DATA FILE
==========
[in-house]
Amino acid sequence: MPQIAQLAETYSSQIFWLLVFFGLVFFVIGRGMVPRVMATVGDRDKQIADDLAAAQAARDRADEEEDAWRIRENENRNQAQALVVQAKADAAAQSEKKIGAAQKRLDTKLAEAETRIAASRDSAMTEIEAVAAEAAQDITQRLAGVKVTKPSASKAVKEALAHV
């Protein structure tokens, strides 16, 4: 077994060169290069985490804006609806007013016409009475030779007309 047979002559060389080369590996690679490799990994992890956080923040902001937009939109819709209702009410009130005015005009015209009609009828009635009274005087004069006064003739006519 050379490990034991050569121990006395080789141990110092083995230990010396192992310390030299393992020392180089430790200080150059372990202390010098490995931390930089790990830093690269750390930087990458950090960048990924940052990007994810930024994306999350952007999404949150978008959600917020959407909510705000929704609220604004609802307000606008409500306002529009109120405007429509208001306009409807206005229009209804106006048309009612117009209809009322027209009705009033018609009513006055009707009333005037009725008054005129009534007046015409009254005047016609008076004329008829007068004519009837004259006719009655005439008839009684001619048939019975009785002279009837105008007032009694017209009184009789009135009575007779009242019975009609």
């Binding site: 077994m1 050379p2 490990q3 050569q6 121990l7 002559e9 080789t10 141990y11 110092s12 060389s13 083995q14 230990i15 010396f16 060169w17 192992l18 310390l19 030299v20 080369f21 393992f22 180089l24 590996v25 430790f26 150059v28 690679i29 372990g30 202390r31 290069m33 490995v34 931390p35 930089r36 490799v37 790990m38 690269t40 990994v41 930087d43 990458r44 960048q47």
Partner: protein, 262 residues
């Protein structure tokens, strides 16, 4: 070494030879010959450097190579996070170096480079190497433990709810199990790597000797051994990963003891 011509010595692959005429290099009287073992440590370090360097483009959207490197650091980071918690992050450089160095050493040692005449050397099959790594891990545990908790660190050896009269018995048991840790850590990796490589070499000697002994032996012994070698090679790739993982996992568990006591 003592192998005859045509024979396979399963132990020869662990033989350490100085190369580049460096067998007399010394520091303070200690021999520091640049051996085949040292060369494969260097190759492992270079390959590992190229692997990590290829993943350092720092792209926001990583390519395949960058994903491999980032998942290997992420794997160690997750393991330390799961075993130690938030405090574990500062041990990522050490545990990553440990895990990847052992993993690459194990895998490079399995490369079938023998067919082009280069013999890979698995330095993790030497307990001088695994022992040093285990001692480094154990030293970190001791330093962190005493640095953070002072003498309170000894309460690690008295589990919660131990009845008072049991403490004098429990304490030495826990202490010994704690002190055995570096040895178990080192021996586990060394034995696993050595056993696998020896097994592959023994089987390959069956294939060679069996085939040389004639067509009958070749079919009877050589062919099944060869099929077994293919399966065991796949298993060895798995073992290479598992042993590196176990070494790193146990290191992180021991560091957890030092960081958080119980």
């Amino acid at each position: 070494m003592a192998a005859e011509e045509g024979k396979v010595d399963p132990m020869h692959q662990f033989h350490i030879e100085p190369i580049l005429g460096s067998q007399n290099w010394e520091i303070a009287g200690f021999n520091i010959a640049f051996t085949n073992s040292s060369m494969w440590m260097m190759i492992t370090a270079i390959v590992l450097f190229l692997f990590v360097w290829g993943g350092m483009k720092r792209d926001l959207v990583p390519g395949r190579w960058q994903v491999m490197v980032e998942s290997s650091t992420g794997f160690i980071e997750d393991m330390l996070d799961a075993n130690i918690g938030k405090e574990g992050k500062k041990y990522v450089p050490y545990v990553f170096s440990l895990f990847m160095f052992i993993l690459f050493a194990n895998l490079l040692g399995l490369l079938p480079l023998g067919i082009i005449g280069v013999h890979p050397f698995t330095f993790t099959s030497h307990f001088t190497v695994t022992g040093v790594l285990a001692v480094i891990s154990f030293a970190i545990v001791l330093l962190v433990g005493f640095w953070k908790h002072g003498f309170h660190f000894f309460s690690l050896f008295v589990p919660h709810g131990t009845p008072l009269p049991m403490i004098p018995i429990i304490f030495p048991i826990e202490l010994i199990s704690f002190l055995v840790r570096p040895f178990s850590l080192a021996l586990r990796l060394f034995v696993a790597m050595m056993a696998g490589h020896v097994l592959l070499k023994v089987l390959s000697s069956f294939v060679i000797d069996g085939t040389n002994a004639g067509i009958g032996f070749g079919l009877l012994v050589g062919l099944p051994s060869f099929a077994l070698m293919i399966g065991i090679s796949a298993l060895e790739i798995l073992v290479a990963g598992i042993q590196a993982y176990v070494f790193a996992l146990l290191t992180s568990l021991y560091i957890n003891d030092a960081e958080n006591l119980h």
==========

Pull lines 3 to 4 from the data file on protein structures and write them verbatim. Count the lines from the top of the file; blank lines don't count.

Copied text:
């Protein structure tokens, strides 16, 4: 077994060169290069985490804006609806007013016409009475030779007309 047979002559060389080369590996690679490799990994992890956080923040902001937009939109819709209702009410009130005015005009015209009609009828009635009274005087004069006064003739006519 050379490990034991050569121990006395080789141990110092083995230990010396192992310390030299393992020392180089430790200080150059372990202390010098490995931390930089790990830093690269750390930087990458950090960048990924940052990007994810930024994306999350952007999404949150978008959600917020959407909510705000929704609220604004609802307000606008409500306002529009109120405007429509208001306009409807206005229009209804106006048309009612117009209809009322027209009705009033018609009513006055009707009333005037009725008054005129009534007046015409009254005047016609008076004329008829007068004519009837004259006719009655005439008839009684001619048939019975009785002279009837105008007032009694017209009184009789009135009575007779009242019975009609």
């Binding site: 077994m1 050379p2 490990q3 050569q6 121990l7 002559e9 080789t10 141990y11 110092s12 060389s13 083995q14 230990i15 010396f16 060169w17 192992l18 310390l19 030299v20 080369f21 393992f22 180089l24 590996v25 430790f26 150059v28 690679i29 372990g30 202390r31 290069m33 490995v34 931390p35 930089r36 490799v37 790990m38 690269t40 990994v41 930087d43 990458r44 960048q47």